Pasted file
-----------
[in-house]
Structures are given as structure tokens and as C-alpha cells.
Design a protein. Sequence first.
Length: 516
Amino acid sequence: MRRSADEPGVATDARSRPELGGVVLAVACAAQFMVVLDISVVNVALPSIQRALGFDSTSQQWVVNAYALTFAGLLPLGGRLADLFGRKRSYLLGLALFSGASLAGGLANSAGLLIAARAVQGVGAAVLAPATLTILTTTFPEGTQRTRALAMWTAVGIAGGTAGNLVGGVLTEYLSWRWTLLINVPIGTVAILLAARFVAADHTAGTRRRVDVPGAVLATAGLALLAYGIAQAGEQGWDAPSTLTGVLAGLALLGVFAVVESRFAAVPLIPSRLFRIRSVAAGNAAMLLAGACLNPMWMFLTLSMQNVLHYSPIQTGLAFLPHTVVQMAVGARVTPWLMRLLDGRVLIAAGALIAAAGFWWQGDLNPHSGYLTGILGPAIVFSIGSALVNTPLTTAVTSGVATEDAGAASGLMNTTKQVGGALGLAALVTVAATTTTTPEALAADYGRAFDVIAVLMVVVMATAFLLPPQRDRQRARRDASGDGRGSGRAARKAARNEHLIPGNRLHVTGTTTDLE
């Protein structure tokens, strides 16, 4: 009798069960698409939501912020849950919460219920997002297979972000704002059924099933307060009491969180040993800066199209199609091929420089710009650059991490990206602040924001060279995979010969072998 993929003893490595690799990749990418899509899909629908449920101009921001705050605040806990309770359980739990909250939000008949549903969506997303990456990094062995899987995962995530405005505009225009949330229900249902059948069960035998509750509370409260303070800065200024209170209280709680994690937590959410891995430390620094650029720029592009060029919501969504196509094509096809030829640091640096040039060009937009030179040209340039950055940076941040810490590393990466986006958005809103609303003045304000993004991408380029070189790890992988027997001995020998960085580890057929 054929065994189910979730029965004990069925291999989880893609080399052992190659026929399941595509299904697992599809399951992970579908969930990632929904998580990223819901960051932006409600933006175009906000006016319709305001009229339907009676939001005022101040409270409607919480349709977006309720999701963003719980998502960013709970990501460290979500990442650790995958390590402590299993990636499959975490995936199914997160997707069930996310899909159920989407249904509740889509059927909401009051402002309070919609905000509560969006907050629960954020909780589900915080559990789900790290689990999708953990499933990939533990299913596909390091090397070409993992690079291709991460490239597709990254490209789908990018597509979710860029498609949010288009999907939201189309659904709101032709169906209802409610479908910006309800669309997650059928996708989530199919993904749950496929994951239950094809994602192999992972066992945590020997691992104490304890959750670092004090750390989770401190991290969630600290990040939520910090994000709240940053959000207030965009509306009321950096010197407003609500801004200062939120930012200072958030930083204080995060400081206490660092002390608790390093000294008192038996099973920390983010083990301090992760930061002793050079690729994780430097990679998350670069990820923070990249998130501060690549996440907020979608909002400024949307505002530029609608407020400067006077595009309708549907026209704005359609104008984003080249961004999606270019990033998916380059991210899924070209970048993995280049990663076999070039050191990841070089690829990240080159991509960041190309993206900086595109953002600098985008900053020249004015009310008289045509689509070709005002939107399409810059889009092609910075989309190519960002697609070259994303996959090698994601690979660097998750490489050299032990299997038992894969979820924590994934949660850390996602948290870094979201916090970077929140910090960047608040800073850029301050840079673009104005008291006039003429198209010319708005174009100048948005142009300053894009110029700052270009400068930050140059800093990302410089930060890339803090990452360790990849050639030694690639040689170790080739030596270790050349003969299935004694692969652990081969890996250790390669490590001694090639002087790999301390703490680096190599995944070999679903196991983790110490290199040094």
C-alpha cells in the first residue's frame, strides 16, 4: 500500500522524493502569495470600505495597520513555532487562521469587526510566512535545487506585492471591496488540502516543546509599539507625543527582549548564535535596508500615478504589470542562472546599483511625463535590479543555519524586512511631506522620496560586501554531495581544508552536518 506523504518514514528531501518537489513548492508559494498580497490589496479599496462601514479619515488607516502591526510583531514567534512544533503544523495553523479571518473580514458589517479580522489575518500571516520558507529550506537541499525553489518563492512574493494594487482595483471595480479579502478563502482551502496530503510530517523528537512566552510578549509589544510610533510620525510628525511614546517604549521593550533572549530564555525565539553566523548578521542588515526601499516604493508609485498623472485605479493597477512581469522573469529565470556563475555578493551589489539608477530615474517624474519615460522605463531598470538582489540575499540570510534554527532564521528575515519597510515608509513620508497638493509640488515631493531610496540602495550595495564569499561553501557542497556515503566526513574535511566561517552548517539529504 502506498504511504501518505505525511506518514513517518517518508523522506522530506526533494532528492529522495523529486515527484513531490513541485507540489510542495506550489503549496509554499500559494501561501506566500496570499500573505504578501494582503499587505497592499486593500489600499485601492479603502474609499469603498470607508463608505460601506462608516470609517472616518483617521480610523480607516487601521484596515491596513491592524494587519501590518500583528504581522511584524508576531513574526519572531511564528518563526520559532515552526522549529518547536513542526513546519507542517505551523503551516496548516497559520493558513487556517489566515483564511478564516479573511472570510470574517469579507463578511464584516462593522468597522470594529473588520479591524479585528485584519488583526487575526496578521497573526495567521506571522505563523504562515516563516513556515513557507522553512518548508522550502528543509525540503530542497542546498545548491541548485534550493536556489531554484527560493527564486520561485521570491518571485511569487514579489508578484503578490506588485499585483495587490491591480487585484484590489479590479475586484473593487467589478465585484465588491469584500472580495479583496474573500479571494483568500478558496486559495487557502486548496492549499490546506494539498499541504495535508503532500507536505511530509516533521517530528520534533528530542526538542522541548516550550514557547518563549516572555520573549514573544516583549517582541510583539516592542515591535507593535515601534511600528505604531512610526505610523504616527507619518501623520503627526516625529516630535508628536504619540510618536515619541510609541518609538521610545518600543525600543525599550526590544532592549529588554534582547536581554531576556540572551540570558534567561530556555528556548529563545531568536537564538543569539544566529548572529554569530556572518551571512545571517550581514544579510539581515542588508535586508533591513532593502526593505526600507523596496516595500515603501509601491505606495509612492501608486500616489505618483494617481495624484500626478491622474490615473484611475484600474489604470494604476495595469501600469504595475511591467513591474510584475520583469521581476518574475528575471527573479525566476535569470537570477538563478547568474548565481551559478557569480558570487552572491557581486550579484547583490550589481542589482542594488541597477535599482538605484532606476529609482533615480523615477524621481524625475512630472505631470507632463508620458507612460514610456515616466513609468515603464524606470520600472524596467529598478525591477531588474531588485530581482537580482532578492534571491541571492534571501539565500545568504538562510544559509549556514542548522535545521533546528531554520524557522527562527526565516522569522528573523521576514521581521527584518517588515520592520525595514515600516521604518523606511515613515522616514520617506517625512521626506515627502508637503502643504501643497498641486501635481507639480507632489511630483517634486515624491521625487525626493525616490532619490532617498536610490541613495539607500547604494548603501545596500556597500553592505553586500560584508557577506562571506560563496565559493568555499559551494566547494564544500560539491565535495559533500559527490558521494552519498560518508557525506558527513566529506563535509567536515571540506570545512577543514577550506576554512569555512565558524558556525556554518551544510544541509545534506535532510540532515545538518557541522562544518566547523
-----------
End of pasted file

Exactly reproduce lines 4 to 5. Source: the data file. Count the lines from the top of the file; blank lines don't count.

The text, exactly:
Length: 516
Amino acid sequence: MRRSADEPGVATDARSRPELGGVVLAVACAAQFMVVLDISVVNVALPSIQRALGFDSTSQQWVVNAYALTFAGLLPLGGRLADLFGRKRSYLLGLALFSGASLAGGLANSAGLLIAARAVQGVGAAVLAPATLTILTTTFPEGTQRTRALAMWTAVGIAGGTAGNLVGGVLTEYLSWRWTLLINVPIGTVAILLAARFVAADHTAGTRRRVDVPGAVLATAGLALLAYGIAQAGEQGWDAPSTLTGVLAGLALLGVFAVVESRFAAVPLIPSRLFRIRSVAAGNAAMLLAGACLNPMWMFLTLSMQNVLHYSPIQTGLAFLPHTVVQMAVGARVTPWLMRLLDGRVLIAAGALIAAAGFWWQGDLNPHSGYLTGILGPAIVFSIGSALVNTPLTTAVTSGVATEDAGAASGLMNTTKQVGGALGLAALVTVAATTTTTPEALAADYGRAFDVIAVLMVVVMATAFLLPPQRDRQRARRDASGDGRGSGRAARKAARNEHLIPGNRLHVTGTTTDLE